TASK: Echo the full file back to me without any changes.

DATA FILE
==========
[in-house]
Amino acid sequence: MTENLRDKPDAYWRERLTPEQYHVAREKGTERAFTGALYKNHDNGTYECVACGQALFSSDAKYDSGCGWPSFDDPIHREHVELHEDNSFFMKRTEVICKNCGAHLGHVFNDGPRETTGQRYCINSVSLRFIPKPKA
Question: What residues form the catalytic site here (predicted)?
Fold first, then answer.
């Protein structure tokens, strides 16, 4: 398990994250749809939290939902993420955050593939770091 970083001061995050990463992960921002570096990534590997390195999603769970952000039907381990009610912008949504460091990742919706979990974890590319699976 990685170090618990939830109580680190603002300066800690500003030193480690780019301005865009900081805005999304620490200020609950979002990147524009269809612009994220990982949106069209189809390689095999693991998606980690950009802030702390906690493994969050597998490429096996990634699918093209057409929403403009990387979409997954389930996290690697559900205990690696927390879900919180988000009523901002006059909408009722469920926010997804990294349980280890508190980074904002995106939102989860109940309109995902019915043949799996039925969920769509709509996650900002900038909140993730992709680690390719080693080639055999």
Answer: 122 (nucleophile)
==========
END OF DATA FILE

[in-house]
Amino acid sequence: MTENLRDKPDAYWRERLTPEQYHVAREKGTERAFTGALYKNHDNGTYECVACGQALFSSDAKYDSGCGWPSFDDPIHREHVELHEDNSFFMKRTEVICKNCGAHLGHVFNDGPRETTGQRYCINSVSLRFIPKPKA
Question: What residues form the catalytic site here (predicted)?
Fold first, then answer.
């Protein structure tokens, strides 16, 4: 398990994250749809939290939902993420955050593939770091 970083001061995050990463992960921002570096990534590997390195999603769970952000039907381990009610912008949504460091990742919706979990974890590319699976 990685170090618990939830109580680190603002300066800690500003030193480690780019301005865009900081805005999304620490200020609950979002990147524009269809612009994220990982949106069209189809390689095999693991998606980690950009802030702390906690493994969050597998490429096996990634699918093209057409929403403009990387979409997954389930996290690697559900205990690696927390879900919180988000009523901002006059909408009722469920926010997804990294349980280890508190980074904002995106939102989860109940309109995902019915043949799996039925969920769509709509996650900002900038909140993730992709680690390719080693080639055999």
Answer: 122 (nucleophile)